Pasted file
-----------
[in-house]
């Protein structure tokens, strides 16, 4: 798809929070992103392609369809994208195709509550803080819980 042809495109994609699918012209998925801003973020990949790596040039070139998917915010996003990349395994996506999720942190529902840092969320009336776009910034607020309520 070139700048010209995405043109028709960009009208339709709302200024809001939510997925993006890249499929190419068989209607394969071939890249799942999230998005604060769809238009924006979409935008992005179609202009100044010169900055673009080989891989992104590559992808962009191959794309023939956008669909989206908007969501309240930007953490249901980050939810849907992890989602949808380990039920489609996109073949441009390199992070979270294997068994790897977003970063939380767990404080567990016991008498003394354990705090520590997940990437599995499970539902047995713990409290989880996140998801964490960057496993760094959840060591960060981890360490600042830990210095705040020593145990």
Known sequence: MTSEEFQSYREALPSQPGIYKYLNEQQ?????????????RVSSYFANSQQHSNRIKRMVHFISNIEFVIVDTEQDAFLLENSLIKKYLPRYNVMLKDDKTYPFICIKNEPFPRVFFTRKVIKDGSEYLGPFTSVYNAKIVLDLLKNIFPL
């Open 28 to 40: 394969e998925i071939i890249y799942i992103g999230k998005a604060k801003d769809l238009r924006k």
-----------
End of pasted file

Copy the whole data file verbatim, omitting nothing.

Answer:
[in-house]
């Protein structure tokens, strides 16, 4: 798809929070992103392609369809994208195709509550803080819980 042809495109994609699918012209998925801003973020990949790596040039070139998917915010996003990349395994996506999720942190529902840092969320009336776009910034607020309520 070139700048010209995405043109028709960009009208339709709302200024809001939510997925993006890249499929190419068989209607394969071939890249799942999230998005604060769809238009924006979409935008992005179609202009100044010169900055673009080989891989992104590559992808962009191959794309023939956008669909989206908007969501309240930007953490249901980050939810849907992890989602949808380990039920489609996109073949441009390199992070979270294997068994790897977003970063939380767990404080567990016991008498003394354990705090520590997940990437599995499970539902047995713990409290989880996140998801964490960057496993760094959840060591960060981890360490600042830990210095705040020593145990």
Known sequence: MTSEEFQSYREALPSQPGIYKYLNEQQ?????????????RVSSYFANSQQHSNRIKRMVHFISNIEFVIVDTEQDAFLLENSLIKKYLPRYNVMLKDDKTYPFICIKNEPFPRVFFTRKVIKDGSEYLGPFTSVYNAKIVLDLLKNIFPL
């Open 28 to 40: 394969e998925i071939i890249y799942i992103g999230k998005a604060k801003d769809l238009r924006k």